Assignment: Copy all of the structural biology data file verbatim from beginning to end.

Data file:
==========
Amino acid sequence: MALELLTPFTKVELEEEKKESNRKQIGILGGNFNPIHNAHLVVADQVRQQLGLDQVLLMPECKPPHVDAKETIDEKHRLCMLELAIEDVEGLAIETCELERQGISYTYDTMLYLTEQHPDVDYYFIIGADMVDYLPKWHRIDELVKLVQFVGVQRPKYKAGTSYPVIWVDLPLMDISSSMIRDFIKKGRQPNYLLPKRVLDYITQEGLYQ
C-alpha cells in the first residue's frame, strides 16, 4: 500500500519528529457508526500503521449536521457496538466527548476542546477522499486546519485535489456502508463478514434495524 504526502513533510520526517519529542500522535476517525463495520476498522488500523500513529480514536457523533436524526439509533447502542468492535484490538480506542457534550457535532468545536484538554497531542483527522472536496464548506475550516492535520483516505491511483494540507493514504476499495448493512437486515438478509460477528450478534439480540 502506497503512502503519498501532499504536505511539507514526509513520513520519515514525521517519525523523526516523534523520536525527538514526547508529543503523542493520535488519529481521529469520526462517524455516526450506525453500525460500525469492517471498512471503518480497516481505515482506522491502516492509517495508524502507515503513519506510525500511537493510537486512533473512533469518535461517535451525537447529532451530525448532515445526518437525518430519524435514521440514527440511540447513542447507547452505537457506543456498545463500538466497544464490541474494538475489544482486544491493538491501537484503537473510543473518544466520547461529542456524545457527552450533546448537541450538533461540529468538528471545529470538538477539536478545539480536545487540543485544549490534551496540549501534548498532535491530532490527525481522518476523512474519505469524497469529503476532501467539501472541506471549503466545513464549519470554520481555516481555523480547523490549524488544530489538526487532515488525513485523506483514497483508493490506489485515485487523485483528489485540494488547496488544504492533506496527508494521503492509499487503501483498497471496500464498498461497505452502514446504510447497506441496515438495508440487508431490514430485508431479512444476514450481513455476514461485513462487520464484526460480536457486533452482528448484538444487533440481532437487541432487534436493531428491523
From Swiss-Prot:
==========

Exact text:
Amino acid sequence: MALELLTPFTKVELEEEKKESNRKQIGILGGNFNPIHNAHLVVADQVRQQLGLDQVLLMPECKPPHVDAKETIDEKHRLCMLELAIEDVEGLAIETCELERQGISYTYDTMLYLTEQHPDVDYYFIIGADMVDYLPKWHRIDELVKLVQFVGVQRPKYKAGTSYPVIWVDLPLMDISSSMIRDFIKKGRQPNYLLPKRVLDYITQEGLYQ
C-alpha cells in the first residue's frame, strides 16, 4: 500500500519528529457508526500503521449536521457496538466527548476542546477522499486546519485535489456502508463478514434495524 504526502513533510520526517519529542500522535476517525463495520476498522488500523500513529480514536457523533436524526439509533447502542468492535484490538480506542457534550457535532468545536484538554497531542483527522472536496464548506475550516492535520483516505491511483494540507493514504476499495448493512437486515438478509460477528450478534439480540 502506497503512502503519498501532499504536505511539507514526509513520513520519515514525521517519525523523526516523534523520536525527538514526547508529543503523542493520535488519529481521529469520526462517524455516526450506525453500525460500525469492517471498512471503518480497516481505515482506522491502516492509517495508524502507515503513519506510525500511537493510537486512533473512533469518535461517535451525537447529532451530525448532515445526518437525518430519524435514521440514527440511540447513542447507547452505537457506543456498545463500538466497544464490541474494538475489544482486544491493538491501537484503537473510543473518544466520547461529542456524545457527552450533546448537541450538533461540529468538528471545529470538538477539536478545539480536545487540543485544549490534551496540549501534548498532535491530532490527525481522518476523512474519505469524497469529503476532501467539501472541506471549503466545513464549519470554520481555516481555523480547523490549524488544530489538526487532515488525513485523506483514497483508493490506489485515485487523485483528489485540494488547496488544504492533506496527508494521503492509499487503501483498497471496500464498498461497505452502514446504510447497506441496515438495508440487508431490514430485508431479512444476514450481513455476514461485513462487520464484526460480536457486533452482528448484538444487533440481532437487541432487534436493531428491523
From Swiss-Prot: